It was 31st October. Strolling through Cheltenham at 10pm, crowds of drunken ghosts and devils gathered around street corners, enjoying one of their last few nights of drinking in pubs on Halloween before the second lockdown. This time, the lockdown had been announced to last only a month.

The reality was, with darker evenings and shorter days, the small amount of freedom that was given to the UK was less optimistic than when the first lockdown was put in place in March. The end didn’t seem to be in sight.

According to the Office of National Statistics, Britain saw the highest amount of acute loneliness in early November since the start of the pandemic, with 8% of adults confirming were “always or often lonely”.

The research also showed that 16-29-year-olds are twice as likely as over-70s to be experiencing loneliness in the pandemic – suggesting that more recognition should be given to young people who are struggling with their mental health in lockdown.

According to a recent Twitter poll, more than 60% said they have struggled with loneliness sometimes, with a lower percentage of participants saying they never feel this way.

The 4-week lockdown will finish on Wednesday 2nd December before a Tier system takes over, but with record numbers of loneliness and Winter encouraging people to isolate themselves, here’s what you can if you or someone you know is struggling:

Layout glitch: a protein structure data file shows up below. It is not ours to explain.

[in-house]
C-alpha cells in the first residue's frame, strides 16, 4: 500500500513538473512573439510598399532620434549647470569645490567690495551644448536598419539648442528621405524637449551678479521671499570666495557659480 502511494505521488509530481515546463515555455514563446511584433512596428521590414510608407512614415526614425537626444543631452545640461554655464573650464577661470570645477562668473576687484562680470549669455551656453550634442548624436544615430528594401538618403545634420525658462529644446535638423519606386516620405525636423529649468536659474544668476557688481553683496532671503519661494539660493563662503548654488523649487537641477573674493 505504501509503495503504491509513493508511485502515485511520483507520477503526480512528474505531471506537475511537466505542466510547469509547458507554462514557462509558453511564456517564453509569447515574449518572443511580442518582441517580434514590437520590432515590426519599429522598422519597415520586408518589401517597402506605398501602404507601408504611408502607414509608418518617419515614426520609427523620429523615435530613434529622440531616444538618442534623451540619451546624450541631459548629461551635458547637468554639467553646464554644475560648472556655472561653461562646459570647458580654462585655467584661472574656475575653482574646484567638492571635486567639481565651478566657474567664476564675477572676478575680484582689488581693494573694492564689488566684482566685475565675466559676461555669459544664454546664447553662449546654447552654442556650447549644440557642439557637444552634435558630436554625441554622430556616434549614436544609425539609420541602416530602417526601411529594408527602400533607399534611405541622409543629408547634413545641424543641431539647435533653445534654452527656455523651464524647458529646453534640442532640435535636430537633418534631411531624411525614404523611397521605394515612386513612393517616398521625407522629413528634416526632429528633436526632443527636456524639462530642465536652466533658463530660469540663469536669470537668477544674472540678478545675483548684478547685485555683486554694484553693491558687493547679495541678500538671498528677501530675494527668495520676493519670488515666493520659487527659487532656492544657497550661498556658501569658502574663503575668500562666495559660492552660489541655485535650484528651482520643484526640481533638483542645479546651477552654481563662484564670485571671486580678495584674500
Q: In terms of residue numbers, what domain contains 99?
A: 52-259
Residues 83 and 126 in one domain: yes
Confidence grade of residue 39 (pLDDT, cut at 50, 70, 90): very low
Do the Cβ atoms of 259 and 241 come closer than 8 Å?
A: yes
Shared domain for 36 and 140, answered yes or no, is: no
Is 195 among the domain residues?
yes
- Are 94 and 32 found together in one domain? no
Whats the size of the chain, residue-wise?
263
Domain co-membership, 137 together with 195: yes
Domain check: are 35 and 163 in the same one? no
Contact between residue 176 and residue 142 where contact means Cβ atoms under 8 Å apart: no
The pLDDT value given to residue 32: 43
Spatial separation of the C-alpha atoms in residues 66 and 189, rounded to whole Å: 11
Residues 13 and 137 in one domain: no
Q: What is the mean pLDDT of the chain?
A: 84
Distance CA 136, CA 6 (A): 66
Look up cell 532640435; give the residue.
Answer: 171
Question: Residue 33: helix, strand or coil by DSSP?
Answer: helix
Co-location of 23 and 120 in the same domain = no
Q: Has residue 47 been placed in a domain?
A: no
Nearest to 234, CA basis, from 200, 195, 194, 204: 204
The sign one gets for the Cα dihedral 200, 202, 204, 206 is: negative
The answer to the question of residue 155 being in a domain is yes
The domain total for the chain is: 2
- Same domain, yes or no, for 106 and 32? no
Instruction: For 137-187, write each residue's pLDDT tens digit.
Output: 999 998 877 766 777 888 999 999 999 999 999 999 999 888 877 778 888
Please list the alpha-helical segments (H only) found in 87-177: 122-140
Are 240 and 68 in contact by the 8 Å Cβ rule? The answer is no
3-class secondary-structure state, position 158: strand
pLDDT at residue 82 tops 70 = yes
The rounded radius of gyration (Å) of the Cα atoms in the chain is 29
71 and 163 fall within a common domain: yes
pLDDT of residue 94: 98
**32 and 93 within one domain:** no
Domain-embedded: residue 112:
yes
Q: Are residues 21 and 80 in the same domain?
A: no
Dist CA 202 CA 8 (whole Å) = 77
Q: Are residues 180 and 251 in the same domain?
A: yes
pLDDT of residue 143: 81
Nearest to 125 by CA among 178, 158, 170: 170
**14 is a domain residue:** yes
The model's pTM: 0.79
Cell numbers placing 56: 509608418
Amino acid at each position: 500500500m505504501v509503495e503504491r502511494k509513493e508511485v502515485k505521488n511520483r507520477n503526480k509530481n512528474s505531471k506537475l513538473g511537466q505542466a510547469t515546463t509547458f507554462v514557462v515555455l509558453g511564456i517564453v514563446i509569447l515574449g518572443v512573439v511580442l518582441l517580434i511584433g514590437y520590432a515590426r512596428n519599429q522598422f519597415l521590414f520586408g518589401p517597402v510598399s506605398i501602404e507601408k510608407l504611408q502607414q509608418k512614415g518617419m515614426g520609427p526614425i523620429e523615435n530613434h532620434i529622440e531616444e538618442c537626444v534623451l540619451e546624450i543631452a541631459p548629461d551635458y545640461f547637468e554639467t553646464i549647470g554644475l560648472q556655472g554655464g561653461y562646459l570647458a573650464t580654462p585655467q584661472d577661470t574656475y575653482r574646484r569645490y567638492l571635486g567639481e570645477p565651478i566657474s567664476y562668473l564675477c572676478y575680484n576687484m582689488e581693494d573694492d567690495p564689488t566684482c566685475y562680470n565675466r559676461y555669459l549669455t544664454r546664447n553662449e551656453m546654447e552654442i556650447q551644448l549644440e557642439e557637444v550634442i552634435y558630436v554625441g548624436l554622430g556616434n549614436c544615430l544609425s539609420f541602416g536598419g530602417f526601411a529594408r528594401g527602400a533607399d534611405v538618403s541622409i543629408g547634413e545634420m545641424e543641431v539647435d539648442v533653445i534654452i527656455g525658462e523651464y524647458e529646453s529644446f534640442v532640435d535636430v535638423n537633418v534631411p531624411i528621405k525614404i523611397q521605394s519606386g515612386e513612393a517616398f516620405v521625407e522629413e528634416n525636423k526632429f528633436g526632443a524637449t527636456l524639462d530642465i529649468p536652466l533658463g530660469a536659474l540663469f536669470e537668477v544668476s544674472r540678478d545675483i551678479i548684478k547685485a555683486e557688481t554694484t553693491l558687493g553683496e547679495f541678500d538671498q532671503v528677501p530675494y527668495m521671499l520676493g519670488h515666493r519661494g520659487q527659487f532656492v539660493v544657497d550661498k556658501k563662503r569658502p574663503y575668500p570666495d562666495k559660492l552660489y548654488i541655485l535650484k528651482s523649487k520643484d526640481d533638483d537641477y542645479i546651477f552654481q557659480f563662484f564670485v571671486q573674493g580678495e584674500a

1. Reach out
    If you or anyone you know might be feeling alone, reach out and ask them if they’re OK. Just picking up the phone and hearing a friendly voice is enough to make someone feel supported.
  2. Don’t be afraid to ask for help.
    If you are experiencing feelings of loneliness or isolation, ask for help from your friends and family or contact a mental health charity for support and counselling. Swindon and Gloucestershire Mind are a charity that offer 1-1 services to improve wellbeing and help empower people who are struggling.
  3. Realise you’re not alone.
    When you’re feeling lonely, it’s easy to think you’re the only one feeling that way. Coming to terms with feelings of loneliness and realising lots of people are struggling with these feelings in the pandemic is a way to remove the stigma.
  4. Look for in-depth tips about combating loneliness on the Government website.
    You can find tips and support specifically during the pandemic on the Let’s Talk Loneliness website, offering advice and stories from people who are going through similar feelings.
  5. If you require crisis support, call one of the following services:
    Samaritans – 116 123
    Gloucestershire Crisis Team – 0800 169 0398
    Emergency services – 999

Featured Image by Ian Scargill on Unsplash

By PriceM

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